Shoulder Strength Leopard Crawl

Leopard-crawl under table

The leopard crawl is a military type-specific crawl that can increase shoulder strength by using the shoulder muscles to move forward.

Place an empty bucket at one side of the room and give the child a few small size balls (tennis balls, ping pong balls, cotton balls, etc.).

Ask the child to hold one ball in each hand while on his tummy and do a leopard crawl towards the empty bucket. The route to the bucket can go under a table, inside a tunnel, under chairs, or other obstacles for grading.

When the child reaches the bucket, ask the child to put the balls in it and crawl back to the start.

For proper crawl ensure the child is advancing an arm/elbow with the diagonal knee. When an elbow is placed forward, the diagonal knee is also placed forward, and then alternated with the other elbow and knee.

Balance on the Web

Using the masking tape, create a large spider web shape on the floor or carpet. Place the container in the center of the web.

Place different objects to be picked up inside the spider web. Ping-pong balls and bean bags work well for this purpose.

Ask the child to walk and stay on the web lines while picking up all the objects along the way and putting the objects in the container. As the child picks up the object, encourage him to squat down, reach for the object while staying on the line, pick up the object, and return to a standing position.

For grading, ask the child to throw the objects into the container and use a point system where the child gets a point for scoring and loses a point if he falls off the spider web line.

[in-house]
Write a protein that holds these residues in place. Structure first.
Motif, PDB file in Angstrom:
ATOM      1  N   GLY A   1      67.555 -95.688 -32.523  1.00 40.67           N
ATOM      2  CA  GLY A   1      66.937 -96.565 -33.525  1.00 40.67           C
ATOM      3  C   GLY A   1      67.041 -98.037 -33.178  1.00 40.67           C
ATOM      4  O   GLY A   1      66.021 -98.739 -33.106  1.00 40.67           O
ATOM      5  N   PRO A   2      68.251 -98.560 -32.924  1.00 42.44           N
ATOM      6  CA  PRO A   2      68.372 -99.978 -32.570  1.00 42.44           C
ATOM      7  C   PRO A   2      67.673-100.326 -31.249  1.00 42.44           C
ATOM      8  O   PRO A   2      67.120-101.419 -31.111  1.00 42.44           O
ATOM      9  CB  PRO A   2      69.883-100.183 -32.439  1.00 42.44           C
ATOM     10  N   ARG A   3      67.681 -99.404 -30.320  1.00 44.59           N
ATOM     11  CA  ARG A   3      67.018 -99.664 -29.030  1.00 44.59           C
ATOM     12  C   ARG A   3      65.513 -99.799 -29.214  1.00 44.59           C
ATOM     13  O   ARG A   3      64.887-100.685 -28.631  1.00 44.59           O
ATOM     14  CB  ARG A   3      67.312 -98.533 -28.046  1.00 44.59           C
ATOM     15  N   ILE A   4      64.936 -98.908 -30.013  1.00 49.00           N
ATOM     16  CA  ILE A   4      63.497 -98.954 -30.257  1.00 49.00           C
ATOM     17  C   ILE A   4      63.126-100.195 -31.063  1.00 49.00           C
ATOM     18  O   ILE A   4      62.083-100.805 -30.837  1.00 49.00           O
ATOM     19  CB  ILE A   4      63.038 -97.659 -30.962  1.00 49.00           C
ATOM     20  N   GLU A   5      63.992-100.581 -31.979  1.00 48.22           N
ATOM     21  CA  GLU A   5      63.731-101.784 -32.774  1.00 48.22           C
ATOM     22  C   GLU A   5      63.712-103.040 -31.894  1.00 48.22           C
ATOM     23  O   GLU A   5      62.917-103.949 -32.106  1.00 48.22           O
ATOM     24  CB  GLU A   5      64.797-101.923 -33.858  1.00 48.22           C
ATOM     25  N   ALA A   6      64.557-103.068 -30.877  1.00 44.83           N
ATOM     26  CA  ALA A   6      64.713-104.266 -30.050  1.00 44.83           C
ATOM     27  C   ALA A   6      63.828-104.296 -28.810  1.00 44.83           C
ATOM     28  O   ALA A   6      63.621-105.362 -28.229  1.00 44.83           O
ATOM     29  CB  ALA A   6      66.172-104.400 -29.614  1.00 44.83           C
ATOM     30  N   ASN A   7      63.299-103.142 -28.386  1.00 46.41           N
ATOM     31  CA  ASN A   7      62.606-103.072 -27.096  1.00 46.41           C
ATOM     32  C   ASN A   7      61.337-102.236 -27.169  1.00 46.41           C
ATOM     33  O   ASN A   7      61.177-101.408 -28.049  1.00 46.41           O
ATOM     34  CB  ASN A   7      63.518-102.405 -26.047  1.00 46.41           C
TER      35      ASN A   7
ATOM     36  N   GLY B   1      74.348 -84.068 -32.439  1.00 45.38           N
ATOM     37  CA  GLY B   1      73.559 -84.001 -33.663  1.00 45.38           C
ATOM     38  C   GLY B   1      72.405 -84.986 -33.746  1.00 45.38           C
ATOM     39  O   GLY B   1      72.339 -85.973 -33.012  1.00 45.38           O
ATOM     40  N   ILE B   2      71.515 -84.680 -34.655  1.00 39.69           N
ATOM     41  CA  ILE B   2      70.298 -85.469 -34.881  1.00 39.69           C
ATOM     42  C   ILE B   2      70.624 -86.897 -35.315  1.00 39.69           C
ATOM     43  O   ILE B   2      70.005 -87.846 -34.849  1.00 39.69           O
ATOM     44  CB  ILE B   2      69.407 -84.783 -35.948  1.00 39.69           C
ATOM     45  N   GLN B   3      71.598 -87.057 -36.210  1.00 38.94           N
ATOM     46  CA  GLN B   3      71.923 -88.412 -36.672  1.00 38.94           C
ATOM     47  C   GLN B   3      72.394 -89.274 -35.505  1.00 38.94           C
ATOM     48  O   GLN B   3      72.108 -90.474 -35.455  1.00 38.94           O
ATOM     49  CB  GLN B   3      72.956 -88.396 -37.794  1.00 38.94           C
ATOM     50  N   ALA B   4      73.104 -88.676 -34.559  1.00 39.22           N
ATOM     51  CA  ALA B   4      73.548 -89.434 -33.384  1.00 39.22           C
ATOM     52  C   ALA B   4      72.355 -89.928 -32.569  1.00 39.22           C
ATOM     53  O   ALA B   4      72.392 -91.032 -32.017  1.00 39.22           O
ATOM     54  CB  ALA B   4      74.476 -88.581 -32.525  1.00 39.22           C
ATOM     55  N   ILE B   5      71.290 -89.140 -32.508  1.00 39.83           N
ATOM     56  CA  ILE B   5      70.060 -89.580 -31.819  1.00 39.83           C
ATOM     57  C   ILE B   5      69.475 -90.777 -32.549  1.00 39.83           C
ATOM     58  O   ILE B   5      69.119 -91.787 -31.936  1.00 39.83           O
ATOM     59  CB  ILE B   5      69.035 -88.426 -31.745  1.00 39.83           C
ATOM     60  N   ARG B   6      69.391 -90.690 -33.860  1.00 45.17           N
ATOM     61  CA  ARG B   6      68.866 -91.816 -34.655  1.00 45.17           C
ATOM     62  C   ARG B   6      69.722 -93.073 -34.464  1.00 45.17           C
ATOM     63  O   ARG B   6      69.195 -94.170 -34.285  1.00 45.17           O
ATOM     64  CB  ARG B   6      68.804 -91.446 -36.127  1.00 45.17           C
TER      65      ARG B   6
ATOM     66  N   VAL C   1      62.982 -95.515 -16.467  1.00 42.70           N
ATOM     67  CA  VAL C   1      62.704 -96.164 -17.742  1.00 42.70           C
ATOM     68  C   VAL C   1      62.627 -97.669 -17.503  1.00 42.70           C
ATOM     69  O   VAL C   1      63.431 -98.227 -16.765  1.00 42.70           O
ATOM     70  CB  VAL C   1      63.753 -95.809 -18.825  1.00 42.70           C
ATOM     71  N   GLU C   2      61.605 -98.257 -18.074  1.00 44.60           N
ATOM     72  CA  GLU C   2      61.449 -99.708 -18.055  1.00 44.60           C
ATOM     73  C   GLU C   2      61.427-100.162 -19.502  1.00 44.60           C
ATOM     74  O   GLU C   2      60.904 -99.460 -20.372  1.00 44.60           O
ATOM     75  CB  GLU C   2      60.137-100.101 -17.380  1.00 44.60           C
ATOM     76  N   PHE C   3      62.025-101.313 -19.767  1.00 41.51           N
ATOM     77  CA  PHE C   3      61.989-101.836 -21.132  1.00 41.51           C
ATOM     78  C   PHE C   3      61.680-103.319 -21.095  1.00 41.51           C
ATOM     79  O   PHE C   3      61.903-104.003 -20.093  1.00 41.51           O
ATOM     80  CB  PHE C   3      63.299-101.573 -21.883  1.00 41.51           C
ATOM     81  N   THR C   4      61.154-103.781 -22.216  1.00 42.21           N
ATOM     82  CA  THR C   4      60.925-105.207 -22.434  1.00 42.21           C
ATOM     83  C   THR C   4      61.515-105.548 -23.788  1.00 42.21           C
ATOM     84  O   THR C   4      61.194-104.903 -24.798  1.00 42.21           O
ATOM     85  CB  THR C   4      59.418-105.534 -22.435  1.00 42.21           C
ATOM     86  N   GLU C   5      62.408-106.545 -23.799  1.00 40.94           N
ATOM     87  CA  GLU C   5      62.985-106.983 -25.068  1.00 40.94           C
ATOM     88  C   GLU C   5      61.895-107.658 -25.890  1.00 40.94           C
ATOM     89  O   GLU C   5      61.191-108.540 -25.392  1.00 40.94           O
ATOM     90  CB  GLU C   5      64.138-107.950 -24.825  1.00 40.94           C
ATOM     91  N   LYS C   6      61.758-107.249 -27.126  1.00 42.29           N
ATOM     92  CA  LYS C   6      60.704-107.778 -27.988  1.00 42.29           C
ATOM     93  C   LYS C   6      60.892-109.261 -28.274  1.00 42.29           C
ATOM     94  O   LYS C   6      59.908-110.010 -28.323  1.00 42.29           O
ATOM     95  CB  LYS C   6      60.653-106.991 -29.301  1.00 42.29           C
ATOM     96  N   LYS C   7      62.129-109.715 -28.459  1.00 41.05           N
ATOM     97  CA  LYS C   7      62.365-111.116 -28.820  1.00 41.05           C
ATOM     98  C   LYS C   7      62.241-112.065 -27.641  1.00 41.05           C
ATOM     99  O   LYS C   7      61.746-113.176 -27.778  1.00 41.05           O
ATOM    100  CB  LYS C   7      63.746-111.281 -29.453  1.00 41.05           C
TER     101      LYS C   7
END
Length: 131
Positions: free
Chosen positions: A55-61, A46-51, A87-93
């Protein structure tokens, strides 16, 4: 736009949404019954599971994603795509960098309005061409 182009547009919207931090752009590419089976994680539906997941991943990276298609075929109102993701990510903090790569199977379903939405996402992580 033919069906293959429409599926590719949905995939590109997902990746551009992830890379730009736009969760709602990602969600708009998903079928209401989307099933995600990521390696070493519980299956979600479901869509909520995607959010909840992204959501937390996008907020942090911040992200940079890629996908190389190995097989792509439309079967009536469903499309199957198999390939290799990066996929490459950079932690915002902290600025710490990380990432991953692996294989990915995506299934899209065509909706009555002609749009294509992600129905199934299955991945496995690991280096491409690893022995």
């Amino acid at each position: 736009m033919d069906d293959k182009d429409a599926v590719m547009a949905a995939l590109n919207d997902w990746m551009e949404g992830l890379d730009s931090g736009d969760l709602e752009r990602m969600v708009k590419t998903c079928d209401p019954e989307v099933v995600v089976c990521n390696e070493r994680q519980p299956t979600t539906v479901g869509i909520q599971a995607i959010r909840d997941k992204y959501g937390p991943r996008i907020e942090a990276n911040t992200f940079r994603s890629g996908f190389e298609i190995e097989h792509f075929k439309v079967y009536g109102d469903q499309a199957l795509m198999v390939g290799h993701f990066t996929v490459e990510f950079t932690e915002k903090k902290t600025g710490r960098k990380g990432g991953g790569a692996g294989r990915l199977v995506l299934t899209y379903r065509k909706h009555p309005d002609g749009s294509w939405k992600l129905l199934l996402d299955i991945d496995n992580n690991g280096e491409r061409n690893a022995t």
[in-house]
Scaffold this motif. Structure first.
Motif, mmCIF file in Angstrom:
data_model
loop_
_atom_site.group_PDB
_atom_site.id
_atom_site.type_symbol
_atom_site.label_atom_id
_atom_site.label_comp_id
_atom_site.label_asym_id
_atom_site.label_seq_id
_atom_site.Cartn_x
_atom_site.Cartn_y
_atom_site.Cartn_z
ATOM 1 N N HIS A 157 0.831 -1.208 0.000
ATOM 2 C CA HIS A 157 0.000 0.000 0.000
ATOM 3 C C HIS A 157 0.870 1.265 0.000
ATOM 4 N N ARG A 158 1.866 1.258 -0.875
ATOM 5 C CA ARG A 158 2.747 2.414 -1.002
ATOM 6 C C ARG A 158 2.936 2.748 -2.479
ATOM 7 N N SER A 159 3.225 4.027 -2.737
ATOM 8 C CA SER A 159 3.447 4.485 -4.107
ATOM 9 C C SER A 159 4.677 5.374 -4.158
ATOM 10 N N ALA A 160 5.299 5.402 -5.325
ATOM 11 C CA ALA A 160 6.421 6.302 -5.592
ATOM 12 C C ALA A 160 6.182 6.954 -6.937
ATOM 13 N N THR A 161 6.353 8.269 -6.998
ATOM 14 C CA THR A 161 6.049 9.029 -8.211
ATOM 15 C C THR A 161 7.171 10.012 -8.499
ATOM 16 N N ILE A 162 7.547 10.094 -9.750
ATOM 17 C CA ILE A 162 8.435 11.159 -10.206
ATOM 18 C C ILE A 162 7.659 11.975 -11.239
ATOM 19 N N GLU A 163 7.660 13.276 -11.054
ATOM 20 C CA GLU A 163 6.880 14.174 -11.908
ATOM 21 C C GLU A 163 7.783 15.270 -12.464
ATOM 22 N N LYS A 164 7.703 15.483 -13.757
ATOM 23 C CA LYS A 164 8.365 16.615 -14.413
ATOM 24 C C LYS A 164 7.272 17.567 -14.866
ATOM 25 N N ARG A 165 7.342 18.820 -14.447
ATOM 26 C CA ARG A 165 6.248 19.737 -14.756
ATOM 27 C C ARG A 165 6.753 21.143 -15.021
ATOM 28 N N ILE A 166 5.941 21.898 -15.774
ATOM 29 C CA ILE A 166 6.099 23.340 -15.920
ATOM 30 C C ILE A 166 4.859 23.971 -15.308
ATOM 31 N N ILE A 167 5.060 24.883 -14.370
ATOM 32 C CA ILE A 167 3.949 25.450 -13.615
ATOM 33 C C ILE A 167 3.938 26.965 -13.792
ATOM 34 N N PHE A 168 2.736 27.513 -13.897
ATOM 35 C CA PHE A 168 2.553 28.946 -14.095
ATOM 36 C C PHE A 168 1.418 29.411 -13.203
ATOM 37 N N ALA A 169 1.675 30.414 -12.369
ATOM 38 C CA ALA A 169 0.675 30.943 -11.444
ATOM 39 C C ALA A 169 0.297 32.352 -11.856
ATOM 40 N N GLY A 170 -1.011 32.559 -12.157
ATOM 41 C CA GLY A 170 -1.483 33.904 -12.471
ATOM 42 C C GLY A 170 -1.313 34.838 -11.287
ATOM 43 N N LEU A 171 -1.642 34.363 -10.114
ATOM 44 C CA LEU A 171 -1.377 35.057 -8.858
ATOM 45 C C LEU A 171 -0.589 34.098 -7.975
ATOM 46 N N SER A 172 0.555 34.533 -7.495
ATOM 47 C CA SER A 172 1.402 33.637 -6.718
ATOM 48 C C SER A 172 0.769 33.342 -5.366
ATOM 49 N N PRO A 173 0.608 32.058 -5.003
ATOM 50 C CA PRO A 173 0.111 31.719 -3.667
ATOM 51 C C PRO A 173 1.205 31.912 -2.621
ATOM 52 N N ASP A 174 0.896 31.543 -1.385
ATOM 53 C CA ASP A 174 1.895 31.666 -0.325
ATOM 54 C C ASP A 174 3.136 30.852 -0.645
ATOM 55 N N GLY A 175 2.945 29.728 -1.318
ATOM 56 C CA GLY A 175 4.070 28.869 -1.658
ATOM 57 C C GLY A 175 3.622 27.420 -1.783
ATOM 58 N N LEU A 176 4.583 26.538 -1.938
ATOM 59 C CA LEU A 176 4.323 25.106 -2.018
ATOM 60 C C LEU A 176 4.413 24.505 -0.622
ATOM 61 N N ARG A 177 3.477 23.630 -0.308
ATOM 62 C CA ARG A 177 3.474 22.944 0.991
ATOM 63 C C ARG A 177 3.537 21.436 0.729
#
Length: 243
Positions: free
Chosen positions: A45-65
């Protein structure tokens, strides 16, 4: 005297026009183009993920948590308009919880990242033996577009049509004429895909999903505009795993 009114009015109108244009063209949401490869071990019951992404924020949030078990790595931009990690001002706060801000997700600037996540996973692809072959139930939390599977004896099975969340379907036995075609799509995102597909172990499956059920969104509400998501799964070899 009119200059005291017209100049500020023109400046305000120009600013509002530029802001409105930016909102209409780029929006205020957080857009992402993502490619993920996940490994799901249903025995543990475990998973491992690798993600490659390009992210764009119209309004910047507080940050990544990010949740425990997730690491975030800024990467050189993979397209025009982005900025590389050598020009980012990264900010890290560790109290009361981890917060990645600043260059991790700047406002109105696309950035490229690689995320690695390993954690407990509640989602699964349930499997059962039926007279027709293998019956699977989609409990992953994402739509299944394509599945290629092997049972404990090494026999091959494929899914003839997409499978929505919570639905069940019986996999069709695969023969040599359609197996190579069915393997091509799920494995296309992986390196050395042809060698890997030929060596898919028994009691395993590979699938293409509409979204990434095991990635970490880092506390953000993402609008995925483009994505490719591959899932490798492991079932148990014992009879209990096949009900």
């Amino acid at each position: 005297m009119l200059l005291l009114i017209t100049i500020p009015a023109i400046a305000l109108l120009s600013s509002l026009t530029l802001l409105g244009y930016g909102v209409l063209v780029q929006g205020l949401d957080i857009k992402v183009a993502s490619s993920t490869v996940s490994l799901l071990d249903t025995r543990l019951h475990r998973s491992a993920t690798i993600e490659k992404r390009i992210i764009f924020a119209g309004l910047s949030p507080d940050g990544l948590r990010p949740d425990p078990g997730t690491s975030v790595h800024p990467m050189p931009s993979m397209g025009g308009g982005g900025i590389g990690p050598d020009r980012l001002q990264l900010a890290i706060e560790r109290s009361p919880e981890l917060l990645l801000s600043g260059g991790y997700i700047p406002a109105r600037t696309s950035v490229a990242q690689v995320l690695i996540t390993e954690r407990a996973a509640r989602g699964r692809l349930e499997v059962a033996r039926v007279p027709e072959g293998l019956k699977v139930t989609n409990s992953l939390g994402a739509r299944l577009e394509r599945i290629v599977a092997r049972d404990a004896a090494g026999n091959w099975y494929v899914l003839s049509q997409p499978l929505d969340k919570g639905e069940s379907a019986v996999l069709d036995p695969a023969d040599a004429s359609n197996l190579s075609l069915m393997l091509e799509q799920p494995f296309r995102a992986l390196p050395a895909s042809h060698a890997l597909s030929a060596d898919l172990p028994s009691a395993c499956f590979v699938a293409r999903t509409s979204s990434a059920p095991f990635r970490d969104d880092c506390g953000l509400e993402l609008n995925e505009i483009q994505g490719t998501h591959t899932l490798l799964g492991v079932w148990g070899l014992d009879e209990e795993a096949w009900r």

You can also work on pincer grasp by using small objects, such as plastic bugs, and have the child use tongs or tweezers to pick up the items.

Squirt Till it Drops

Fill up the bucket/container with water to the midline and drop in the Ping-Pong ball (you can use more than one ball, or different size plastic balls). Fill up the squirt bottle with water and let the child squeeze and squirt the water out into the bucket/container until the Ping-Pong ball falls out of the bucket/container.

This activity can be done with more than one child. The first child that has his/her Ping-Pong ball fall out of the bucket/container wins!

To work on developing visual motor skills, fill up the squirt bottle with shaving cream or foam and let the child squeeze the bottle to draw shapes and letters on a concrete surface or an easel.

Ball Bopp

Have the child lie on the floor in prone.

Give the child a ball.

Begin by rolling the big therapy ball across the floor in front of the child.

The object of the game is for the child to roll her ball and hit the moving therapy ball.

As the child becomes successful, decrease the size of the both balls.

For grading: varying the size of either the therapist or student rolled ball, varying the speed of the the therapist rolled ball or changing the distance between the child and the ball. Position can be varied as well.